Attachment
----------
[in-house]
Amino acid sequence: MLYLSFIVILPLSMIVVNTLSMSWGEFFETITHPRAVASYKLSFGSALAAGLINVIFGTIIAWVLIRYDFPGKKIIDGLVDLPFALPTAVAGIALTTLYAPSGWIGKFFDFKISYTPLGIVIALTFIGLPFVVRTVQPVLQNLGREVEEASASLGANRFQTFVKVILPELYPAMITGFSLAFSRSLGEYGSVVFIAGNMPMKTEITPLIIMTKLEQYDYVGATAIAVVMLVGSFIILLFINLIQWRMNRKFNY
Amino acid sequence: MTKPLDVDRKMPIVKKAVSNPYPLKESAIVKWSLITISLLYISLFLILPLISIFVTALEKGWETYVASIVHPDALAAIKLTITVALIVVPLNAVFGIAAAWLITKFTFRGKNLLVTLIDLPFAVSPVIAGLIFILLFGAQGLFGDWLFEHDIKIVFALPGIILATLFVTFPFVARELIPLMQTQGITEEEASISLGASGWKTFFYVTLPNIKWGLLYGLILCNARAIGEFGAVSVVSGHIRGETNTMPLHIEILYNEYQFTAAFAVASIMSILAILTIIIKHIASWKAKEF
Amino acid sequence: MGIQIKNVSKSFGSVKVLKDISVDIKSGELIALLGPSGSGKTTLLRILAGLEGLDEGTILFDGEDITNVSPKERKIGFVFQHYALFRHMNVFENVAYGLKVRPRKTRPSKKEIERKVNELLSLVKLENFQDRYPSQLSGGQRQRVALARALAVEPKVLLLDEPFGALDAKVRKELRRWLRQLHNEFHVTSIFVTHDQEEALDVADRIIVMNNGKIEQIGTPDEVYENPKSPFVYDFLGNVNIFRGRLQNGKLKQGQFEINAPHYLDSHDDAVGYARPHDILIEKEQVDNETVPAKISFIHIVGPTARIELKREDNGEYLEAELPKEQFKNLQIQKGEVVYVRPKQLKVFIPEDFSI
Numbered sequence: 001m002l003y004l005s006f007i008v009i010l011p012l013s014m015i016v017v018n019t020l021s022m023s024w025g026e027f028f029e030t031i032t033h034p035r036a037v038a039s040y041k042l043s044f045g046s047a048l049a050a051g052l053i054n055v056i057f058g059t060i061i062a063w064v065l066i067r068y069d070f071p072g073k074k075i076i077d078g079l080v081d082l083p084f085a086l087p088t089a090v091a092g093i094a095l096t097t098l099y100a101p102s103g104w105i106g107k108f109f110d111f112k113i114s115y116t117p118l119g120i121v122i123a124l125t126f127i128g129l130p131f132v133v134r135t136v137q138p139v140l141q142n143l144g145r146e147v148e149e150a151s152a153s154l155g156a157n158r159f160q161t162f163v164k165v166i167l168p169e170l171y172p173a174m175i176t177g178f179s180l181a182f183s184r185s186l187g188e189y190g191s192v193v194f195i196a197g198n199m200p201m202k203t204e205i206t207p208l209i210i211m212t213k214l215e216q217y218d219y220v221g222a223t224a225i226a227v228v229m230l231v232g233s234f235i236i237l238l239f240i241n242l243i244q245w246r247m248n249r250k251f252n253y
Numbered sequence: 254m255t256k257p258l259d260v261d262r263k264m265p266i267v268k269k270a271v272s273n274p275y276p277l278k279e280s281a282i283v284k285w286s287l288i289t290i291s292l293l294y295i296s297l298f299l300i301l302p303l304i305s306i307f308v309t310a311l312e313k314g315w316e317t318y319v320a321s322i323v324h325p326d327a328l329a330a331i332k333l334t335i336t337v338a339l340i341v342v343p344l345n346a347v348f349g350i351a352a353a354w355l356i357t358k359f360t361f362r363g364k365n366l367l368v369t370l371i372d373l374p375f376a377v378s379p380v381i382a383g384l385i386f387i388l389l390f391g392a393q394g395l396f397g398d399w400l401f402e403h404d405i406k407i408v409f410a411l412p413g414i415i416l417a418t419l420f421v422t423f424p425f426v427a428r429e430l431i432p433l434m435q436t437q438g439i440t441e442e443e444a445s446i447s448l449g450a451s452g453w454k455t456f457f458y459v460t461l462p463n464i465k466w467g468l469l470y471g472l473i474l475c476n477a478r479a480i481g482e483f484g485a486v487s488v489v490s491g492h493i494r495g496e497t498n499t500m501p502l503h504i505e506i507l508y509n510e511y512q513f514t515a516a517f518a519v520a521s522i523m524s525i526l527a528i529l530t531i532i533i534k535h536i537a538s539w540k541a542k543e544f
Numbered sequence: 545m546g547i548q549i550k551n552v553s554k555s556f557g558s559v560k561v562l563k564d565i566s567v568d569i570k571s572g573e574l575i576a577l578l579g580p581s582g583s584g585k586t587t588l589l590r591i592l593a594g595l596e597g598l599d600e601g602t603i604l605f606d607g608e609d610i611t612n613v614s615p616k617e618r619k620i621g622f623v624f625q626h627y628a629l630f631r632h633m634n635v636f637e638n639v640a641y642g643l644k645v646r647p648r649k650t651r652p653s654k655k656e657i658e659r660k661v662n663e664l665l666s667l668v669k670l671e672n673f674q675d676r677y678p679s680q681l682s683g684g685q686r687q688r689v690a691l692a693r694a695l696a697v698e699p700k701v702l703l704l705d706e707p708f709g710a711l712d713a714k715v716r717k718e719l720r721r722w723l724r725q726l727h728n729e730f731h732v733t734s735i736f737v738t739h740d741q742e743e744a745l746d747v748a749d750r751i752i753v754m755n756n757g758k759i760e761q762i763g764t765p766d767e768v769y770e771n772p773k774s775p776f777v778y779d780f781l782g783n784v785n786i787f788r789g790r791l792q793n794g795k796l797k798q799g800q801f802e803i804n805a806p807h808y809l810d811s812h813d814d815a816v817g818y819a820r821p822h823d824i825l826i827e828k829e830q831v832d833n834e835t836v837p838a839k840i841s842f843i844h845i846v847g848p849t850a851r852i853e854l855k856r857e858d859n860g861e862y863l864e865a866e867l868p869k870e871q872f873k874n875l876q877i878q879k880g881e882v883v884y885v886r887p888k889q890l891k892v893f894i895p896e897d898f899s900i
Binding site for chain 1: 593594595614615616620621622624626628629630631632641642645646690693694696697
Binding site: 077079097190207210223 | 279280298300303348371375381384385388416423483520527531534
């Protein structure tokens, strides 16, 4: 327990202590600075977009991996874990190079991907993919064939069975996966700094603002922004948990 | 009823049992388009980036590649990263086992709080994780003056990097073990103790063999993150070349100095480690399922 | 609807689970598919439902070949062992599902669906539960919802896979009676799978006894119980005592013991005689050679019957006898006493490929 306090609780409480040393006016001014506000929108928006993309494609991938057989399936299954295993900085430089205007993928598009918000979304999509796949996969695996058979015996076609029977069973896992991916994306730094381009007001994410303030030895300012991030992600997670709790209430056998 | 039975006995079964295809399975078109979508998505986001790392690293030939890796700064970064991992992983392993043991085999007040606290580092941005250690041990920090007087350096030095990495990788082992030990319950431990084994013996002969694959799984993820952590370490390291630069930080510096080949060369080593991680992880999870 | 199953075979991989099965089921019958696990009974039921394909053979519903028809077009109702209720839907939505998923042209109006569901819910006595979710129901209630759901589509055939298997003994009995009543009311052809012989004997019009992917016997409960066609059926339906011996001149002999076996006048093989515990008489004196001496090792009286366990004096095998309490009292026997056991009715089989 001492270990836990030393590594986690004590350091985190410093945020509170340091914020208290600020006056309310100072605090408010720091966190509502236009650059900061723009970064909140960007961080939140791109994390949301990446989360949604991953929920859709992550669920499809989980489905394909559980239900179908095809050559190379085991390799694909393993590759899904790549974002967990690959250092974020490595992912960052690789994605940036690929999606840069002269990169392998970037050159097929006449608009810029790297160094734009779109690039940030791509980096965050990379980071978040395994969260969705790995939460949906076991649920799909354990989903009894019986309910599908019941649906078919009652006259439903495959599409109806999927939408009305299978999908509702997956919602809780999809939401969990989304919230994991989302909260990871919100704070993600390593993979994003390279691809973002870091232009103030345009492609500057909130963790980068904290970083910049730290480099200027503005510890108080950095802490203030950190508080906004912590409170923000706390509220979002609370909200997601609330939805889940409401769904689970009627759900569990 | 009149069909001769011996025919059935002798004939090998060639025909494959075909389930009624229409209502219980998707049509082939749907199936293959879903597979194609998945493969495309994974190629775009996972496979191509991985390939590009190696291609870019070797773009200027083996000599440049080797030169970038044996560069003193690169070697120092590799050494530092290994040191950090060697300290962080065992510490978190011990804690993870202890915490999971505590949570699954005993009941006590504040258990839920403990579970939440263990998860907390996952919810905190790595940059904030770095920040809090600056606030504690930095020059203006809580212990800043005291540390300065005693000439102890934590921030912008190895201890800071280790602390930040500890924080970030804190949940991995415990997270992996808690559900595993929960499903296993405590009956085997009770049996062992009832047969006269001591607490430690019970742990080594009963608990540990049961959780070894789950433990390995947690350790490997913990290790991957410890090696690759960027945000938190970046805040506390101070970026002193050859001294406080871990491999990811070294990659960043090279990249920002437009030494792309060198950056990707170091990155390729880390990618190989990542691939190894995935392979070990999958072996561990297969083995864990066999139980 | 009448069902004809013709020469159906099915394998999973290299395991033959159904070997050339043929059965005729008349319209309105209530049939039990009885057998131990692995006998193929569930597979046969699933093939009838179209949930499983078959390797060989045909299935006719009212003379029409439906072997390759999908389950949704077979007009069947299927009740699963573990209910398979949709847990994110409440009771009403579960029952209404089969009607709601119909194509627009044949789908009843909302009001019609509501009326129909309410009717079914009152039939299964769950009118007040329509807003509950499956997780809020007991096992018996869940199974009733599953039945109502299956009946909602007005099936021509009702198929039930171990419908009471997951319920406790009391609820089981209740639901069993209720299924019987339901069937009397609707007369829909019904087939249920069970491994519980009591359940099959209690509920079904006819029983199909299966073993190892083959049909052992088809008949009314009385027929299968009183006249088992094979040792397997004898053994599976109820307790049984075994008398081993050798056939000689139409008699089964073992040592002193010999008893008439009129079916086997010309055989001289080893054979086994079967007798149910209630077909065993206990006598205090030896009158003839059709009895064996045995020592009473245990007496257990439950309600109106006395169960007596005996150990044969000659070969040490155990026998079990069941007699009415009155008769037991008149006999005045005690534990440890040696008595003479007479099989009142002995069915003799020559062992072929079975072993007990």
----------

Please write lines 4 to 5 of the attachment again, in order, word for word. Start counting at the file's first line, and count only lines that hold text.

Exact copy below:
Amino acid sequence: MGIQIKNVSKSFGSVKVLKDISVDIKSGELIALLGPSGSGKTTLLRILAGLEGLDEGTILFDGEDITNVSPKERKIGFVFQHYALFRHMNVFENVAYGLKVRPRKTRPSKKEIERKVNELLSLVKLENFQDRYPSQLSGGQRQRVALARALAVEPKVLLLDEPFGALDAKVRKELRRWLRQLHNEFHVTSIFVTHDQEEALDVADRIIVMNNGKIEQIGTPDEVYENPKSPFVYDFLGNVNIFRGRLQNGKLKQGQFEINAPHYLDSHDDAVGYARPHDILIEKEQVDNETVPAKISFIHIVGPTARIELKREDNGEYLEAELPKEQFKNLQIQKGEVVYVRPKQLKVFIPEDFSI
Numbered sequence: 001m002l003y004l005s006f007i008v009i010l011p012l013s014m015i016v017v018n019t020l021s022m023s024w025g026e027f028f029e030t031i032t033h034p035r036a037v038a039s040y041k042l043s044f045g046s047a048l049a050a051g052l053i054n055v056i057f058g059t060i061i062a063w064v065l066i067r068y069d070f071p072g073k074k075i076i077d078g079l080v081d082l083p084f085a086l087p088t089a090v091a092g093i094a095l096t097t098l099y100a101p102s103g104w105i106g107k108f109f110d111f112k113i114s115y116t117p118l119g120i121v122i123a124l125t126f127i128g129l130p131f132v133v134r135t136v137q138p139v140l141q142n143l144g145r146e147v148e149e150a151s152a153s154l155g156a157n158r159f160q161t162f163v164k165v166i167l168p169e170l171y172p173a174m175i176t177g178f179s180l181a182f183s184r185s186l187g188e189y190g191s192v193v194f195i196a197g198n199m200p201m202k203t204e205i206t207p208l209i210i211m212t213k214l215e216q217y218d219y220v221g222a223t224a225i226a227v228v229m230l231v232g233s234f235i236i237l238l239f240i241n242l243i244q245w246r247m248n249r250k251f252n253y